Corn Advisor app turns smartphones, tablets into 24/7 corn experts
An app developed by the University of Arkansas System Division of Agriculture can turn a producer's smartphone or tablet into an anytime, any place corn expert.
The Corn Advisor app is just in time. Corn is one of the most rapidly expanding crops in Arkansas, with growers setting a new state average yield record in 2012 and harvesting nearly 700,000 acres.
Corn Advisor consists of six different interactive features that give producers quick access to production information. It's available at no cost through Google's Play store, or by clicking http://alturl.com/buh5d. Once installed on the Android smartphone or tablet powered by Android 2.2 operating system or higher, the app does not require user to be connected to the Internet in order to access any of the features.
The app allows users to search for:
--Recommendations on application of lime, plus nutrients such as nitrogen, phosphorus, potassium, zinc, and sulfur; and
--Symptoms of nutrient deficiency, plus information about corn diseases, pests and their control practices.
App users will also be able to access the "Corn Production Handbook," MP437, a mainstay for corn growers published by the Cooperative Extension Service.
"Increased usage of smartphones and tablet devices, in general, has provided another avenue for the Cooperative Extension Service to provide science based information to stakeholders on round-the-clock basis," said Dharmendra Saraswat, an associate professor of Biological and Agricultural Engineering and for the University of Arkansas System Division of Agriculture, and an extension engineer for geospatial technologies. He led the development of the app. "Mobile devices not only allow us to provide intended information to those who need it, but also right there in the field where it is needed the most."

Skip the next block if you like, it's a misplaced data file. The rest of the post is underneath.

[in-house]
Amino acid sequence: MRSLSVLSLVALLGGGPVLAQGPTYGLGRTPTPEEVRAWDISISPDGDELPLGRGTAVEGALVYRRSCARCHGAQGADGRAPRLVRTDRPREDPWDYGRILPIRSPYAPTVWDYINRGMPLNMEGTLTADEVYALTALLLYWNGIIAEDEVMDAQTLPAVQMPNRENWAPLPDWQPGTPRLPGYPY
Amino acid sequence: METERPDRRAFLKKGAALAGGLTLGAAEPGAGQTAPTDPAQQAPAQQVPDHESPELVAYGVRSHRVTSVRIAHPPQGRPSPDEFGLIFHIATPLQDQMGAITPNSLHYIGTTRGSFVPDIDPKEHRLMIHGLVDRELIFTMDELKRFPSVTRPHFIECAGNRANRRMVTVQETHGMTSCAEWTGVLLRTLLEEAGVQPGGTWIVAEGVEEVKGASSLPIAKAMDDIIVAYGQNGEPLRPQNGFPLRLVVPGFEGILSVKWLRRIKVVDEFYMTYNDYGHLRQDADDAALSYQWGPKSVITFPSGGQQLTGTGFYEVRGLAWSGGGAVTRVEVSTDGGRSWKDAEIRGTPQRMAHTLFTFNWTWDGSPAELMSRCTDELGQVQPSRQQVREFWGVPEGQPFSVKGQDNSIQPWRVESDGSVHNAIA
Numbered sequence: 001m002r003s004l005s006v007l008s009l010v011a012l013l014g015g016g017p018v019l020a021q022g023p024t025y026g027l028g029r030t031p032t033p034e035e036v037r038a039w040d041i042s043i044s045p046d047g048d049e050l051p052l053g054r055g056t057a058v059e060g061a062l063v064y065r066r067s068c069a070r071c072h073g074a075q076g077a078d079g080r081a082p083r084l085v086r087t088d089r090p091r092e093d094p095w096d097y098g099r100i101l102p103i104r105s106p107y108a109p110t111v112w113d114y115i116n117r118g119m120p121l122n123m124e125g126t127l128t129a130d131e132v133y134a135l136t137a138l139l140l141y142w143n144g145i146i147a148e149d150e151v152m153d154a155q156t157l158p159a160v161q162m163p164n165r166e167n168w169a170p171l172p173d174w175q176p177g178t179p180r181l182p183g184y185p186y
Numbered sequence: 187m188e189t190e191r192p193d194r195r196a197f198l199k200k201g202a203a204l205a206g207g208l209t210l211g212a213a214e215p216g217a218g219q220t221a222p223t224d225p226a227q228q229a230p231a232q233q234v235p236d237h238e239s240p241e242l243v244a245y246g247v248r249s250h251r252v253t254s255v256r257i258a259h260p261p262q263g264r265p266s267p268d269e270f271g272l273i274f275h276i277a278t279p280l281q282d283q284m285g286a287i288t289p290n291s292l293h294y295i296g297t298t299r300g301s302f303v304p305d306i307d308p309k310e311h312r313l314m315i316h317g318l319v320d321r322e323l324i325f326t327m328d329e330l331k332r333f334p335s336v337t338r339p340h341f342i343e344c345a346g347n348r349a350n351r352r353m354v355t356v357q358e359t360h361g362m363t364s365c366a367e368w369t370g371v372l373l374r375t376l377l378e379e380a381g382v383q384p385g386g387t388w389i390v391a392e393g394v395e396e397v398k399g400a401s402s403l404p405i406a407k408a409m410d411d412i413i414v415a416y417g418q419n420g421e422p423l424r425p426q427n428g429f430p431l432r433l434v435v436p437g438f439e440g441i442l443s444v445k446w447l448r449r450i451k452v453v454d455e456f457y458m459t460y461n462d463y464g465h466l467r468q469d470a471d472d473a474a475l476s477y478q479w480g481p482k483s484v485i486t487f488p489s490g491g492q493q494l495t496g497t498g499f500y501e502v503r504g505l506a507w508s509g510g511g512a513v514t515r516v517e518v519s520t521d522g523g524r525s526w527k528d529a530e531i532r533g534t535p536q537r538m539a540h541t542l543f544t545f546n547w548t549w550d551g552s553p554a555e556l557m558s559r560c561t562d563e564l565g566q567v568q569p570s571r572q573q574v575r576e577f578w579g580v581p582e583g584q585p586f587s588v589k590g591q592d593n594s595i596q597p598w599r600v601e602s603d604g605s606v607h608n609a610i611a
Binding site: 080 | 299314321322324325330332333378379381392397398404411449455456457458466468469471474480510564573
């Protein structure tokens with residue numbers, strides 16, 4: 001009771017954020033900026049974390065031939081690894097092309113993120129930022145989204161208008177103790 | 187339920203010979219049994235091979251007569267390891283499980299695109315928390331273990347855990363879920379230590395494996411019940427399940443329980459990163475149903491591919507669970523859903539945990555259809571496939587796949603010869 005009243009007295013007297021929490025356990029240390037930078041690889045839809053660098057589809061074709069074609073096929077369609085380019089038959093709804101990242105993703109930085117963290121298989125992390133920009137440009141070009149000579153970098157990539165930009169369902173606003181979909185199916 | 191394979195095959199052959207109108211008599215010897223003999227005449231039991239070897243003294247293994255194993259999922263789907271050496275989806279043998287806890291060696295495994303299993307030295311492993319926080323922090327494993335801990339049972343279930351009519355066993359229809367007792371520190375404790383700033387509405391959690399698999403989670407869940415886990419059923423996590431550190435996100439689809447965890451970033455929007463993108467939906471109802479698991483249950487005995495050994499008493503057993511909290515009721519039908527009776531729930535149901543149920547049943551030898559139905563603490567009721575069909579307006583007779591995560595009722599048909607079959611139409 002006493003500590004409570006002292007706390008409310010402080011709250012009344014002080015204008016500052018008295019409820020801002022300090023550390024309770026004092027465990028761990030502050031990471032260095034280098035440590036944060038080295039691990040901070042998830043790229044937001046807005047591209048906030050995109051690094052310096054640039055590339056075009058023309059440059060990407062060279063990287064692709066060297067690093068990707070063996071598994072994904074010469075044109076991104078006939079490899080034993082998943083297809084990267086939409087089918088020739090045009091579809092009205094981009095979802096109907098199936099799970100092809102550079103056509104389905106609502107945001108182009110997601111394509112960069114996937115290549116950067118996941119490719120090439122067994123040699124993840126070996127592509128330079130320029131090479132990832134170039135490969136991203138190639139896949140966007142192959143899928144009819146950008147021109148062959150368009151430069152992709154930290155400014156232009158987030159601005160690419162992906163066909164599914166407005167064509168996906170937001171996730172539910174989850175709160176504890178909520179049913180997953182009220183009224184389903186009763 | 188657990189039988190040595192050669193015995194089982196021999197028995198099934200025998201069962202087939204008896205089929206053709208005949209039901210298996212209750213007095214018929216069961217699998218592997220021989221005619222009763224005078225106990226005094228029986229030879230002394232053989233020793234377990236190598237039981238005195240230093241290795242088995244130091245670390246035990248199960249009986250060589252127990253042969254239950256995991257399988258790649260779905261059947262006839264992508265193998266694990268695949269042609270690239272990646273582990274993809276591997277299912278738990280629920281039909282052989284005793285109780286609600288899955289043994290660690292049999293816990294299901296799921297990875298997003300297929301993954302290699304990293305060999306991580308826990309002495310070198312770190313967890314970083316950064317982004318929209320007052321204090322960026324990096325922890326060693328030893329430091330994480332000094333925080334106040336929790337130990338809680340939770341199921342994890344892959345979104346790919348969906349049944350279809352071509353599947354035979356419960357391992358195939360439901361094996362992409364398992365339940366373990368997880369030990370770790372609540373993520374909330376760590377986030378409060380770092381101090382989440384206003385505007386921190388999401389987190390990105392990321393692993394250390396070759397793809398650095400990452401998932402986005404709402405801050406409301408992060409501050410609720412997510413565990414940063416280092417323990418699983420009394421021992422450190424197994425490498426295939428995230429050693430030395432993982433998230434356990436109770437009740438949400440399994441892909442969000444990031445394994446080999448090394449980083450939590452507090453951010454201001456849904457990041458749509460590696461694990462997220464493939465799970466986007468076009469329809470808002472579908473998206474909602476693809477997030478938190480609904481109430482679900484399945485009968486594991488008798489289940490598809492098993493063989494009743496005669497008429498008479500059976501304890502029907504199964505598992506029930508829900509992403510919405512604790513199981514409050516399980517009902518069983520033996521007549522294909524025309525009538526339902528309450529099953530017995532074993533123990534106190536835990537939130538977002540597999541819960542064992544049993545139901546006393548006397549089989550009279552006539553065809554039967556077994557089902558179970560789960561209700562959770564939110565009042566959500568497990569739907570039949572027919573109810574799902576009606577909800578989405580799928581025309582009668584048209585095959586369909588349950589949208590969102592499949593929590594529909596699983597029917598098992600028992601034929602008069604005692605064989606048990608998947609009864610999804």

Saraswat said the app would benefit producers, consultants, county Extension agents and others in the agriculture industry.
"The app allows for the quick and consistent dissemination of updates to the users," he said, adding that users should also accept all notices for updates as new features and other information will be frequently shared through app upgrades.
"With the number of cellphones and tablets we see out in the fields, this app was really a natural progression of how the Division of Agriculture serves its clients, said Jason Kelley, an associate professor and Extension specialist for wheat and feed grains, and another specialist who collaborated in the development of app. "With the growth in corn acreage in Arkansas over the last few years, we believe our clients will find this useful."
The app allows sending feedback by pressing "Disclaimer & Credits" button on the main screen followed by pressing "Contact Us" button.
The funding for the app development was provided through Arkansas Corn Grower check-off funds through the Arkansas Corn and Grain Sorghum Promotion Board and the Cooperative Extension Service, University of Arkansas Division of Agriculture.